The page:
The risks surrounding so-called hoverboards have been widely documented. Many users have been burned – some literally – after the faulty self balancing scooters burst into flames.
But U.K. YouTube vlogger “BlueBritish” had a very close call with his new hoverboard, after it burst into flames during his inaugural ride.
According to his comments, he charged the self balancing scooter overnight before taking it for a test run. However, as you can see in the video, the device fails to work when he jumps on board. After a few tries smoke begins to appear under the device, but once the vlogger jumped back onboard the device bursts into flames.
“I started to stand back and look hesitant because I started to hear a kind of faint hissing sound just before the smoke I stood back to look down as to what it was. Before I could really react to that it was smoking then just went up in flames,” he wrote in the comments.
The YouTube user does not mention the brand name of the hoverboard; however, he did note that he purchased it from a seller on eBay.
“No wonder you’re not allowed to bring them on flights,” he said in the video.
Stories of hoverboards bursting into flames have been widely reported over the last two months. In December, Amazon pulled many popular hoverboard models from its website after authorities around the world issued warnings about the safety of the devices. Many airlines, including Air Canada, have barred travelers from bringing them on board planes.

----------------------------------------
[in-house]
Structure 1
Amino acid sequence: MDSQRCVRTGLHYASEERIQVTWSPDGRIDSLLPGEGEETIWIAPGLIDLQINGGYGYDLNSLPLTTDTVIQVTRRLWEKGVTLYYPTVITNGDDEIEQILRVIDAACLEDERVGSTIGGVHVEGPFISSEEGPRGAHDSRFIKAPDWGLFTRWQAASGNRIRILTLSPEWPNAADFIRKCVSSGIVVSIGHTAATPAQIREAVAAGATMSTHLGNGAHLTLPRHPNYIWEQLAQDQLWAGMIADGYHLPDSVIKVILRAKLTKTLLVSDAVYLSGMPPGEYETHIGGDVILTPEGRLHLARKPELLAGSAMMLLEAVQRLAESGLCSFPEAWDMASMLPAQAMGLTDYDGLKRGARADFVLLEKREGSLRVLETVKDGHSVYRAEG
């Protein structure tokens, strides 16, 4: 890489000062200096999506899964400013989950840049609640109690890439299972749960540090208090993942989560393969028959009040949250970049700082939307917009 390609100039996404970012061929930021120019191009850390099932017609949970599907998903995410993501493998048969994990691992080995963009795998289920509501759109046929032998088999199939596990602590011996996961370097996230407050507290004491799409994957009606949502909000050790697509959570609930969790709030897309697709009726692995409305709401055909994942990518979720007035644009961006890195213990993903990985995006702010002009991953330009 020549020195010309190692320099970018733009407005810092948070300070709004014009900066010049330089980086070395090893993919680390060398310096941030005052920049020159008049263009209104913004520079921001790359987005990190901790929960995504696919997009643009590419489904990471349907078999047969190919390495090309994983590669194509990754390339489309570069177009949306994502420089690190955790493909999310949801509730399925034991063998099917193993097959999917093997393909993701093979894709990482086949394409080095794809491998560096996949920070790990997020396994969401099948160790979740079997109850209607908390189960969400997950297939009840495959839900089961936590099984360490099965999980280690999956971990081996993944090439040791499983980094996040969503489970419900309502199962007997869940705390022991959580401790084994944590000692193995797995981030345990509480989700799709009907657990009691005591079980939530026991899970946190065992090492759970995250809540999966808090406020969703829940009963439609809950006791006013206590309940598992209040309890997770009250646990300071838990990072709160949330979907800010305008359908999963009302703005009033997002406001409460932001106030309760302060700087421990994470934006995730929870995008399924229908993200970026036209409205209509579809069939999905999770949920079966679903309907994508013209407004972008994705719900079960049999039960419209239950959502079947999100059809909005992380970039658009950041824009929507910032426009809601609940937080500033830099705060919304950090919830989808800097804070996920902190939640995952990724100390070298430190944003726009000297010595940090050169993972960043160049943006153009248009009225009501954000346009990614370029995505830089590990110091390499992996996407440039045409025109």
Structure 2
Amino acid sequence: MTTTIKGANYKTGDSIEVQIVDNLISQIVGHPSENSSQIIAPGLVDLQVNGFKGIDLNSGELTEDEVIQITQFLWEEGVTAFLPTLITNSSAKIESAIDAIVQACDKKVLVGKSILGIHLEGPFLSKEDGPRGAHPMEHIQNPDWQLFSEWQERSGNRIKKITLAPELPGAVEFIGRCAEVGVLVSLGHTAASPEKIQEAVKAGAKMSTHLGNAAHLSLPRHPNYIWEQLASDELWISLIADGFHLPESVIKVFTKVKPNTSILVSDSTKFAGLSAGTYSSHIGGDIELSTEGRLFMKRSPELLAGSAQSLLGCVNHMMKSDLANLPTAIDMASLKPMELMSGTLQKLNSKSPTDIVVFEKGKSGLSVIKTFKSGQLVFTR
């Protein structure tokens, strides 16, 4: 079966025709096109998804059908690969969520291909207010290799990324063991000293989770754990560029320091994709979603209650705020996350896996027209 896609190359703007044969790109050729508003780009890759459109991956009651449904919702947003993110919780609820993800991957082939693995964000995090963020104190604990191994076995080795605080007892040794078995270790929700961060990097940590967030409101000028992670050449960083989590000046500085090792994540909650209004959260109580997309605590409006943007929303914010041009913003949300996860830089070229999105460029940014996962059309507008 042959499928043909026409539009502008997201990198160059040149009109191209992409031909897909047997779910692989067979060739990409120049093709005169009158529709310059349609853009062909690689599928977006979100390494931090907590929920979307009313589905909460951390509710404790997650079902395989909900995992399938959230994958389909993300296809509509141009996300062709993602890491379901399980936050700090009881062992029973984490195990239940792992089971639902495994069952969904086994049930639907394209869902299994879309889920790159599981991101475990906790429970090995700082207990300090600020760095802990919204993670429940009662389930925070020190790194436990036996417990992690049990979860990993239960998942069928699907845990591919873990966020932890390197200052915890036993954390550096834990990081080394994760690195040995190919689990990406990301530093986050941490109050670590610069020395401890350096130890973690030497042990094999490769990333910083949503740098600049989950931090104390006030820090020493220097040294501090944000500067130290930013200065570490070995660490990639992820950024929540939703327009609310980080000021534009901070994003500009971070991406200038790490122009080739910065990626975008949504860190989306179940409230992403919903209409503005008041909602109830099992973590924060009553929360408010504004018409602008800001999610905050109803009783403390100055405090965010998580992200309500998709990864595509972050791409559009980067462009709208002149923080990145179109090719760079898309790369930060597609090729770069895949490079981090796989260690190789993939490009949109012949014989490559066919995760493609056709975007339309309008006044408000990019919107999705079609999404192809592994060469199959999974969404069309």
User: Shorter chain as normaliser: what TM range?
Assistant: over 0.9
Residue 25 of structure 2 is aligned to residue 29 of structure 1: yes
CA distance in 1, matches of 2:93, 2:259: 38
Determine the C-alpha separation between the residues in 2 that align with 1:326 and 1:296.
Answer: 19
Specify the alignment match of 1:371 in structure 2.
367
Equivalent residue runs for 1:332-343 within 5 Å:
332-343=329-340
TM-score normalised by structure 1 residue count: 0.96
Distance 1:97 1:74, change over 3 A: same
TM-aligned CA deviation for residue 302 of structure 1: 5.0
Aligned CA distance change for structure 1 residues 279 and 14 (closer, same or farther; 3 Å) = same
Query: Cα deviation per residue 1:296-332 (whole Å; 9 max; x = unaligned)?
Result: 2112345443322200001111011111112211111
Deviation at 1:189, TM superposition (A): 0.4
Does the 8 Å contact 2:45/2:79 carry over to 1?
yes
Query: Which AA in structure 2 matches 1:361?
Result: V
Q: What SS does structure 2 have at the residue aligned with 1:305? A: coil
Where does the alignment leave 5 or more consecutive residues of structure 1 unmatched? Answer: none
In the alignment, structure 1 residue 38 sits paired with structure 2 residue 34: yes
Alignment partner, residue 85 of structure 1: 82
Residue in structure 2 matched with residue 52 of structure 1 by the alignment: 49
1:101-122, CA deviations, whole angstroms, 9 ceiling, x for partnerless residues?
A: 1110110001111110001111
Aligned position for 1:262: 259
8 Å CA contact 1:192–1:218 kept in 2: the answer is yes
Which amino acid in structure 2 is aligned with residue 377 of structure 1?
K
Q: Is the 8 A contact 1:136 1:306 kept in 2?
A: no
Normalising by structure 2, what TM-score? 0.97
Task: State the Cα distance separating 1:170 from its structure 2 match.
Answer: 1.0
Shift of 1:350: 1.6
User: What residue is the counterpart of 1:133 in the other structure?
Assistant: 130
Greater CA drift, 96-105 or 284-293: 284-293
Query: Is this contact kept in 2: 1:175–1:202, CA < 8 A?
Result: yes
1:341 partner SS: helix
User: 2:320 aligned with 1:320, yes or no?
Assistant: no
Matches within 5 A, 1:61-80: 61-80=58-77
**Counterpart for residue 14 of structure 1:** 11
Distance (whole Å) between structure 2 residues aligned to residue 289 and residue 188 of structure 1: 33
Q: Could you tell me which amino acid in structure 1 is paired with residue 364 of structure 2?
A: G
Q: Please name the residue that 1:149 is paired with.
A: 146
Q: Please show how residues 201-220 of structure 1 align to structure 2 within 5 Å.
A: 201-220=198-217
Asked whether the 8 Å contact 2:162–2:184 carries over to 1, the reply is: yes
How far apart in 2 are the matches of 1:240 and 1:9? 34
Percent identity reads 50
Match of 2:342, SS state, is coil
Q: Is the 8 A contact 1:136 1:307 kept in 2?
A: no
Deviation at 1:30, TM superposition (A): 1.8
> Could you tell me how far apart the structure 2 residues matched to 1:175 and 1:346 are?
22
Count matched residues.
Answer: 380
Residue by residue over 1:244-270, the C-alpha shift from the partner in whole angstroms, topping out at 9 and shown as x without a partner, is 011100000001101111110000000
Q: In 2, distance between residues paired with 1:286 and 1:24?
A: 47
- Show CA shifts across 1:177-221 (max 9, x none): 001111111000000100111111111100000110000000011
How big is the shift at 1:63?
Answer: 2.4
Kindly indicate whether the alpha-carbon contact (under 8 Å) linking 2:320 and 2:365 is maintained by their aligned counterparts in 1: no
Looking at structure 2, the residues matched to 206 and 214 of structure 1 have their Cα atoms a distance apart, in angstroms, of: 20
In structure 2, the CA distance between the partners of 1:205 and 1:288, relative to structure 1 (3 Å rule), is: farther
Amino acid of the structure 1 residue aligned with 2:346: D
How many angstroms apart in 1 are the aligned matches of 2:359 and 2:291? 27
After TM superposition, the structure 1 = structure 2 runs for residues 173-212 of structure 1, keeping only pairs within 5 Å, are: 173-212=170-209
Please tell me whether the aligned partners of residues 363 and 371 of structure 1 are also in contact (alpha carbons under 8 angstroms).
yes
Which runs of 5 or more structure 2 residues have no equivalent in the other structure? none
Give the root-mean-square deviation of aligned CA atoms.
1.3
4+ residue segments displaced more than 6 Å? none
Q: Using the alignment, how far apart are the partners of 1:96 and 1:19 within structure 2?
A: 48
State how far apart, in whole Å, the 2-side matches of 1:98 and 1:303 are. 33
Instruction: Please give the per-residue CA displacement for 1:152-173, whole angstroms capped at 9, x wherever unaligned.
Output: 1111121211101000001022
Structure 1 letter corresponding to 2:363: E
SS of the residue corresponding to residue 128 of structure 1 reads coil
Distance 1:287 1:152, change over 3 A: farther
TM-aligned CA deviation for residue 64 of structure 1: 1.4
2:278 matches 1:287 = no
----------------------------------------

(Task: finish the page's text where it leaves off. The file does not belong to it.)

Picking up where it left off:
In December, more than 15,000 hoverboards were seized by U.K. officials due to safety concerns. According to the U.K.’s National Trading Standards board, officials found many concerns surrounding the plugs, cabling, chargers, batteries, or the cut-off switch within the boards, which sometimes fails. Officials said many of the hoverboards that were sent for testing were found to have noncompliant plugs without fuses, which increases the risk of the device overheating, exploding or catching fire.
Hoverboards aren’t the first gadgets to cause fire concerns. Over the years, there have been many reports of smartphone batteries catching fire.
When it comes to tech gadgets, in the majority of cases the device’s battery is to blame for any sort of fire, explosion, or melting.
Most smartphones use lithium-ion batteries – the same batteries are found in laptops, cars and even commercial airplanes.
Lithium-ion batteries are widely used by tech manufactures because it’s the least dense metallic element; which means it packs a good amount of power in a lightweight package. But these batteries are also known to explode or produce flames.
© 2016 Shaw Media